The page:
Canada’s Airlines and Airports Recorded World’s Worst Long Weekend Delays – National |

Canadian airlines and airports ranked first for flight delays during the July long weekend, outpacing almost any other worldwide.

Air Canada ranked first for delays on Saturday and Sunday as two-thirds of its flights, 717 trips in all, took off late, according to tracking service FlightAware. It was more than 14 percentage points ahead of the three carriers tied for second place.

Jazz Aviation, a Halifax-based company that provides regional services for Air Canada, and lower-cost Air Canada Rouge, saw 53 percent of delayed flights, putting them in second place along with the Greek regional carrier. Olympic Air.

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On Saturday, WestJet and budget subsidiary Swoop ranked third and fourth at 55 percent.

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As for airports, Toronto’s Pearson ranked second on Sunday after 53 percent of departures were delayed, trailing only China’s main Guangzhou airport. Pearson beat Charles de Gaulle airport in Paris and Frankfurt airport in Germany.

Montreal airport ranked sixth on Sunday with 43 percent delayed takeoffs, on par with London’s Heathrow, according to figures from FlightAware.

Click to play video: 'Summer cancellations leave airline passengers struggling'

Summer cancellations leave airline passengers struggling

Summer cancellations leave airline passengers struggling

Air Canada said last week it will cut more than 15 per cent of its summer schedule, nearly 10,000 flights in July and August, as the country’s aviation network collapses due to an overwhelming resurgence in travel.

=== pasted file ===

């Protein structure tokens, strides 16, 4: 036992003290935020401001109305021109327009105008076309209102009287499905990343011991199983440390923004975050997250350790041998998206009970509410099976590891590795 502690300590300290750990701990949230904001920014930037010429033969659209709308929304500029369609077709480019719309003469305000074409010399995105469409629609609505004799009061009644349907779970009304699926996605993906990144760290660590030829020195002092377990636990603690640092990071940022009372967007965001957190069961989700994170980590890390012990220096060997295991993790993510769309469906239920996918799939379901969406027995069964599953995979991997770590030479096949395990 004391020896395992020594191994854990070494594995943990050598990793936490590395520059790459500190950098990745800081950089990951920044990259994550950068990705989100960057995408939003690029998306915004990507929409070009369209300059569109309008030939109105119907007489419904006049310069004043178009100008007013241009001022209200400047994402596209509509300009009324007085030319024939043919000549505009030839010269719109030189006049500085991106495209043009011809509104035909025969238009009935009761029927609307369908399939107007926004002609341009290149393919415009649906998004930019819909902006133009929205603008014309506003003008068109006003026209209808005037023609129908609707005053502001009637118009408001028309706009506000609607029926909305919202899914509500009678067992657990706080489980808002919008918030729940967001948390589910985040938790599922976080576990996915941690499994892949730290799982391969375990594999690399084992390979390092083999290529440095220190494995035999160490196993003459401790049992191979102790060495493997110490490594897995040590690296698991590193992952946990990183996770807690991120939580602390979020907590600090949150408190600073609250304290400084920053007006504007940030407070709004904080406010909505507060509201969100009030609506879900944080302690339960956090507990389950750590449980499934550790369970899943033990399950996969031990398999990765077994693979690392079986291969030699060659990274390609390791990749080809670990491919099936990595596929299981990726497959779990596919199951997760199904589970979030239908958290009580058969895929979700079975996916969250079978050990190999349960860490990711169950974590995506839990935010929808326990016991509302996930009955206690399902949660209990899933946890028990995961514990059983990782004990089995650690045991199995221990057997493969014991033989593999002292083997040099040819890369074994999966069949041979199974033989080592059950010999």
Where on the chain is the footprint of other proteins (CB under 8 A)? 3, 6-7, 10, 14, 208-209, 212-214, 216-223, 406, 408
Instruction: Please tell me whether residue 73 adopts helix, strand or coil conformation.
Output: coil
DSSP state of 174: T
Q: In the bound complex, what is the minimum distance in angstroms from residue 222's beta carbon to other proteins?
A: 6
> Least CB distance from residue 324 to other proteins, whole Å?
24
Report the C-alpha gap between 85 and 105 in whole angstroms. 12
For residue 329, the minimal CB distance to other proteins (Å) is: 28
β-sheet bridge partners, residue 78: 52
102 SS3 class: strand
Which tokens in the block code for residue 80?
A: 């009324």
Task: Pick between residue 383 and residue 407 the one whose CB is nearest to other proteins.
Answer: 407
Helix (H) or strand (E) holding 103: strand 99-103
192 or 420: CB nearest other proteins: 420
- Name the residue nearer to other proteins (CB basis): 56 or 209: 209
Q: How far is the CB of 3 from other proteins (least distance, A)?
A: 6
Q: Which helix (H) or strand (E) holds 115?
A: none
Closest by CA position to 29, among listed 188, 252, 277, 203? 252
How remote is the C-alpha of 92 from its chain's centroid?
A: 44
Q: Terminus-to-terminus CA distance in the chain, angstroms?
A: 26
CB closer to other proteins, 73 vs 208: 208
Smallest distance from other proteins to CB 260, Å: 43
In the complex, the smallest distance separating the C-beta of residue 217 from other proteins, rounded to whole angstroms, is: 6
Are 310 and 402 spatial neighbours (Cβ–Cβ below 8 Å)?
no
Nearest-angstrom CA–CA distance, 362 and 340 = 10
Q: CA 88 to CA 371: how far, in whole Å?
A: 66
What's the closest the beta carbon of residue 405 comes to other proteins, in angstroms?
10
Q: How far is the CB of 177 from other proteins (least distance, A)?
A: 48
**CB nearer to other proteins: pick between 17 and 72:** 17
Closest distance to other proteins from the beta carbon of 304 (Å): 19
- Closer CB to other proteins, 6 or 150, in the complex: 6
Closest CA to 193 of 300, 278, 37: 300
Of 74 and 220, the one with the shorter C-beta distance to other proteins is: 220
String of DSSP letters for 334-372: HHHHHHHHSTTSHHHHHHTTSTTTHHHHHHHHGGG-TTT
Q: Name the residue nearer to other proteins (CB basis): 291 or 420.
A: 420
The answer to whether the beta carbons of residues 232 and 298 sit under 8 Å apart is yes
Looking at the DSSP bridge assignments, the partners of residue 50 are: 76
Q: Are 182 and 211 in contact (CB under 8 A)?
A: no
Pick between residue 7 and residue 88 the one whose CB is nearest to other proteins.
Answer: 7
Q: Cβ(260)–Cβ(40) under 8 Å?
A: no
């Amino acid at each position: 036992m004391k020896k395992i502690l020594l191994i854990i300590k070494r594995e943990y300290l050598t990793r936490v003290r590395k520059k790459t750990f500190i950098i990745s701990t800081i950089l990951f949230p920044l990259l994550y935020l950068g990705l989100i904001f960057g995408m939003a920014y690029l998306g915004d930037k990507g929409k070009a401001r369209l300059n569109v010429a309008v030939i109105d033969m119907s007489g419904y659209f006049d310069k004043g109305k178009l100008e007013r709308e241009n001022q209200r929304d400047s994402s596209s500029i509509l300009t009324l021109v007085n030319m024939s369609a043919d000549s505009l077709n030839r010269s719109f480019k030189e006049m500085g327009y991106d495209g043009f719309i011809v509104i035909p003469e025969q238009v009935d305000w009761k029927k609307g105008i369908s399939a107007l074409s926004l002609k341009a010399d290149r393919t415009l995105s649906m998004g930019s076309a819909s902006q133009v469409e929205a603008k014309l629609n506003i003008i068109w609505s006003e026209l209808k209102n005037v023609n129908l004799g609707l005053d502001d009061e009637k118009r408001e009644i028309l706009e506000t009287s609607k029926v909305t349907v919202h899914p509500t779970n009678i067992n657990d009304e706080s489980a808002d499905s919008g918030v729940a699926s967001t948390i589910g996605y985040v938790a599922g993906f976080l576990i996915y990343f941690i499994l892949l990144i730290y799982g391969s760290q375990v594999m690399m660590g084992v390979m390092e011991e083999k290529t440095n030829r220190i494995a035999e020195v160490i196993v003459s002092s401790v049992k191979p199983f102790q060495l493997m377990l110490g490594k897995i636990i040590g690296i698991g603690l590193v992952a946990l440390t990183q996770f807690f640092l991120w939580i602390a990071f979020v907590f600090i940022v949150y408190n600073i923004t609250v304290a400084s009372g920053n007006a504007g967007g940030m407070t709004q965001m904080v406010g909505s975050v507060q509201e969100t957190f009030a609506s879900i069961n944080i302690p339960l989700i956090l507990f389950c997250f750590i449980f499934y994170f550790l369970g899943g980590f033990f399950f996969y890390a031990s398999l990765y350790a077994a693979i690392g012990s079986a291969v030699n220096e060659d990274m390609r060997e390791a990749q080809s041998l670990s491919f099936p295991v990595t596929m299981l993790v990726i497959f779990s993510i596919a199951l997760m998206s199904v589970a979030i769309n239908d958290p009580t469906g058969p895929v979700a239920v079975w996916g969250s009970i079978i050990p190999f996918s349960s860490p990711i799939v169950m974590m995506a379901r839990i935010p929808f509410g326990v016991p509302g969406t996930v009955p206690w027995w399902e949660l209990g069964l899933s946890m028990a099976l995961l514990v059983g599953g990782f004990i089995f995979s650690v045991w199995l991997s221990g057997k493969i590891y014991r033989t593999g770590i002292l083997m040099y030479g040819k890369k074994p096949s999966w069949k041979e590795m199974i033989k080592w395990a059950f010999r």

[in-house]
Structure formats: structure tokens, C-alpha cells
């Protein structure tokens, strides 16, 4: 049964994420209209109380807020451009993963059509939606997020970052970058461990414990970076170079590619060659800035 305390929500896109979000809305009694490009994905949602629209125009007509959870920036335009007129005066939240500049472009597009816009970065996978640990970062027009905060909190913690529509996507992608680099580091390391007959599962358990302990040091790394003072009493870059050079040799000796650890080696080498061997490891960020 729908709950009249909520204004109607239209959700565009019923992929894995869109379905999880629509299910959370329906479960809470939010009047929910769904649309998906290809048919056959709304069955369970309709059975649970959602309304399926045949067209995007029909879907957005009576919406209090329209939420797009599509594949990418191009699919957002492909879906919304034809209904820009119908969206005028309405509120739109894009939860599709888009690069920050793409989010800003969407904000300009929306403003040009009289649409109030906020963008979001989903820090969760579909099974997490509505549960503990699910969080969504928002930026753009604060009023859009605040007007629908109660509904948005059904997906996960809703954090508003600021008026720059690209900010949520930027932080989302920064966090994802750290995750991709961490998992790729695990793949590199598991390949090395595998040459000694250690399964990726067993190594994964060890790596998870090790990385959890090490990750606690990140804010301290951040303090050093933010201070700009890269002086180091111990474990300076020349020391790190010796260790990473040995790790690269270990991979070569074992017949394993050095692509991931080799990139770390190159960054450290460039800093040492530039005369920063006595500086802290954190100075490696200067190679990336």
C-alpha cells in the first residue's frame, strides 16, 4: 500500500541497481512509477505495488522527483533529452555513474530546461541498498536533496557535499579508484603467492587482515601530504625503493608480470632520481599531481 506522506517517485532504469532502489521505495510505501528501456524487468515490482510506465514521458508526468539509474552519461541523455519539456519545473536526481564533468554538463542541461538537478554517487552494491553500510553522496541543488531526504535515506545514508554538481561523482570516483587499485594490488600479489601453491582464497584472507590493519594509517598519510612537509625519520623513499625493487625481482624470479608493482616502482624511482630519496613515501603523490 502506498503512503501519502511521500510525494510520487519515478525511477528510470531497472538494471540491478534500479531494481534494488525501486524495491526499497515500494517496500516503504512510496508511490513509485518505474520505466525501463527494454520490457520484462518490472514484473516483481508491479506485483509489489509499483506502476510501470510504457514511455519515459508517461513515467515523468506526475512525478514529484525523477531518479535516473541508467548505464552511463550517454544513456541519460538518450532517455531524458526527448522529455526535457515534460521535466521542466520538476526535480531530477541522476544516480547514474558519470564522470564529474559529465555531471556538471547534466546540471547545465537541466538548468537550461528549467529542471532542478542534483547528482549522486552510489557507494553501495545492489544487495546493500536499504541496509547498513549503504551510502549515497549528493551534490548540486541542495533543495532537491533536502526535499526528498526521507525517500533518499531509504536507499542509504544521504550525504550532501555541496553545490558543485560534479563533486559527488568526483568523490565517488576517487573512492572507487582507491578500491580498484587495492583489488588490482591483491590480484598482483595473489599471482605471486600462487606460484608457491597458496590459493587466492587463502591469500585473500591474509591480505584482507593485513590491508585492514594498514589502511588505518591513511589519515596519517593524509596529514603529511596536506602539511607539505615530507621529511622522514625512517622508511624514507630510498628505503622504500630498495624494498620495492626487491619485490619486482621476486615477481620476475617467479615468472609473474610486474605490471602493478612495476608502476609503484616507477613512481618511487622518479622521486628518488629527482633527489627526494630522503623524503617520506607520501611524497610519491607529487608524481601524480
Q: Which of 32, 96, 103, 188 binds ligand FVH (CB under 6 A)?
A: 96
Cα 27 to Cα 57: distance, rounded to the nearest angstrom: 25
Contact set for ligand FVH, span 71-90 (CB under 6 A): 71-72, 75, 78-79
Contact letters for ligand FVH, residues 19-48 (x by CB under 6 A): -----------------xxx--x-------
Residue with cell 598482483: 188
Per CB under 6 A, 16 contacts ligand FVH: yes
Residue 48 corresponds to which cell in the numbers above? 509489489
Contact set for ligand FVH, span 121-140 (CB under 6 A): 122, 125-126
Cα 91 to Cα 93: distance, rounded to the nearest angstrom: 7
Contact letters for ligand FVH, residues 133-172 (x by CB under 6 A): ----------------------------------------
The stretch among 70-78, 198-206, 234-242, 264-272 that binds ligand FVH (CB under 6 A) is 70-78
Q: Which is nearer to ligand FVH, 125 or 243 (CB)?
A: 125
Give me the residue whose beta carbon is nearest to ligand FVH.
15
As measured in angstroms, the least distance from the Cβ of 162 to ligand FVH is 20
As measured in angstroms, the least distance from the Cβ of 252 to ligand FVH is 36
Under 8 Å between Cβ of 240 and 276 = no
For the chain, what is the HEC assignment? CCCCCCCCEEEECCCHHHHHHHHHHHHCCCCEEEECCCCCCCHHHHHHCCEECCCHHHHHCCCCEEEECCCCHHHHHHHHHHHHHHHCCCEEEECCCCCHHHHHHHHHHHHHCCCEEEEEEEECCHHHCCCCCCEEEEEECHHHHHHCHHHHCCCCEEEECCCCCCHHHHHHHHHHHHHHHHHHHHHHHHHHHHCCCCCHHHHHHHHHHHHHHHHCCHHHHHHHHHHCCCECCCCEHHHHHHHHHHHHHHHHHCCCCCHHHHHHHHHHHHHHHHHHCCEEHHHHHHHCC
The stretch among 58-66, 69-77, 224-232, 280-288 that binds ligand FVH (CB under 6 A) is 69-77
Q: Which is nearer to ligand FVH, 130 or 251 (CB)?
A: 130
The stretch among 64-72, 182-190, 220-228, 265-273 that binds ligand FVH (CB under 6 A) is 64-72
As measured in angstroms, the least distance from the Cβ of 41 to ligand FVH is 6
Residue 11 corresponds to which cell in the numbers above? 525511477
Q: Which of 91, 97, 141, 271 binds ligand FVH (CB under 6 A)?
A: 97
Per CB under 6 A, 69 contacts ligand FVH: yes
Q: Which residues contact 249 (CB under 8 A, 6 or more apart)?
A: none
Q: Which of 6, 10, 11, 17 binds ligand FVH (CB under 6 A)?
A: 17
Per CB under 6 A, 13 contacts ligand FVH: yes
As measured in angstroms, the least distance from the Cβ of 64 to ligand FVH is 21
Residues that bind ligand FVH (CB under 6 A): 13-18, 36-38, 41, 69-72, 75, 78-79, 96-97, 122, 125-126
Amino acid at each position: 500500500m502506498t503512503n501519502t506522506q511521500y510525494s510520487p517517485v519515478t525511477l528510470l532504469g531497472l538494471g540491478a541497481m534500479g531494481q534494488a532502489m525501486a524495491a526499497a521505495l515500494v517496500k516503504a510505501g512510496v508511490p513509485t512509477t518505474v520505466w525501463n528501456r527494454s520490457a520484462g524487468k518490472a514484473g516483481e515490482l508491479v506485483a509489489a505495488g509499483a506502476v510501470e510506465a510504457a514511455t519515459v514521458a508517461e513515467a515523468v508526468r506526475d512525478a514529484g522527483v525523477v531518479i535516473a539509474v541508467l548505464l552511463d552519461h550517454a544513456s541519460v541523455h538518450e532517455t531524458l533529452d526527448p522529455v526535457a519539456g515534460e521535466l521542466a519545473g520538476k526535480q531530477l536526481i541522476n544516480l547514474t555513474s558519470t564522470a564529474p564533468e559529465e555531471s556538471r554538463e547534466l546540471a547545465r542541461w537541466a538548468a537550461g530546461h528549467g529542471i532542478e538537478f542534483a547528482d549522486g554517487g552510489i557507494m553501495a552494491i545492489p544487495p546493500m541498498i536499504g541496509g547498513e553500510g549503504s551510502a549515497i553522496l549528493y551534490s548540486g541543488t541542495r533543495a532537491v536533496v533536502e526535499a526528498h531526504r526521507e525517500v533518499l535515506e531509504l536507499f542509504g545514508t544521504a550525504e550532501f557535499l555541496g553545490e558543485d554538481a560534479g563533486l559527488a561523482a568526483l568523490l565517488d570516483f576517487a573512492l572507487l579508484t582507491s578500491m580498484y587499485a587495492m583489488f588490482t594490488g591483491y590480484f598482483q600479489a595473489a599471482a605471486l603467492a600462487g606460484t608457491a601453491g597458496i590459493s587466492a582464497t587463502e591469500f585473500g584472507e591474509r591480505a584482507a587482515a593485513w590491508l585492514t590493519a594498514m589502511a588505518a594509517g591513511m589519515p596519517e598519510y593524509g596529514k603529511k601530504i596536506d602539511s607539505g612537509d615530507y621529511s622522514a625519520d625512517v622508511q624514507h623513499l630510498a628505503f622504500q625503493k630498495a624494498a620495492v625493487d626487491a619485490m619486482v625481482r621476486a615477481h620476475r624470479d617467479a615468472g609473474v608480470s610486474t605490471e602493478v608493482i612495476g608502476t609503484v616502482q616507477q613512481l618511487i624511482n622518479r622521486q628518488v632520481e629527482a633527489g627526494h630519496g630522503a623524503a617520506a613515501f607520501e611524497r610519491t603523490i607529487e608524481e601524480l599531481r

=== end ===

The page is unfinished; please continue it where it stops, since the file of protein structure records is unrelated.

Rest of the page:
Reserved for legal holidays in Canada and the US, the weekend saw scenes of long lines and baggage mazes flooding social media as airports around the world grappled with the start of peak travel season after two years of accumulated demand.

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Passenger flow at Canadian airports is already at 2019 levels during peak hours, though closer to 80 per cent of pre-pandemic volumes overall, experts say.

“This is going to be with us all summer,” said Helane Becker, an airline analyst at investment firm Cowen.

“Almost all airlines encouraged people to retire early or take leave. And those people who retired early may not want to go back to work,” he said of airline employees.

“It’s hard to rebuild from those lows.”

Click to Play Video: 'Long Weekend Travel Troubles When Millions Take to the Sky and Roads for Vacations'

Long weekend travel woes when millions take to the skies and highways for vacation

Long weekend travel woes when millions take to the skies and highways for vacation

Some pilots have yet to renew their licences, while ground crew and baggage handling jobs remain vacant, or are fast becoming vacant, due to low wages and stressful working conditions, the unions say.

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Government agencies have been on a hiring spree for airport security and customs, with more than 900 new security screeners installed since April, though not all are authorized to work with the scanners, according to the federal Department of Transportation.

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Half of domestic flights to Canada’s major airports were delayed and canceled last week

“Airlines have also used the pandemic to remove aircraft types from their fleet and to ground and retire their older aircraft. It’s hard to get these planes back once you park them without doing a lot of maintenance,” added Becker.

“As demand continues to increase, we are basically seeing the inability of airlines to accommodate it easily. And I think that’s true all over the world.”

© 2022 The Canadian Press

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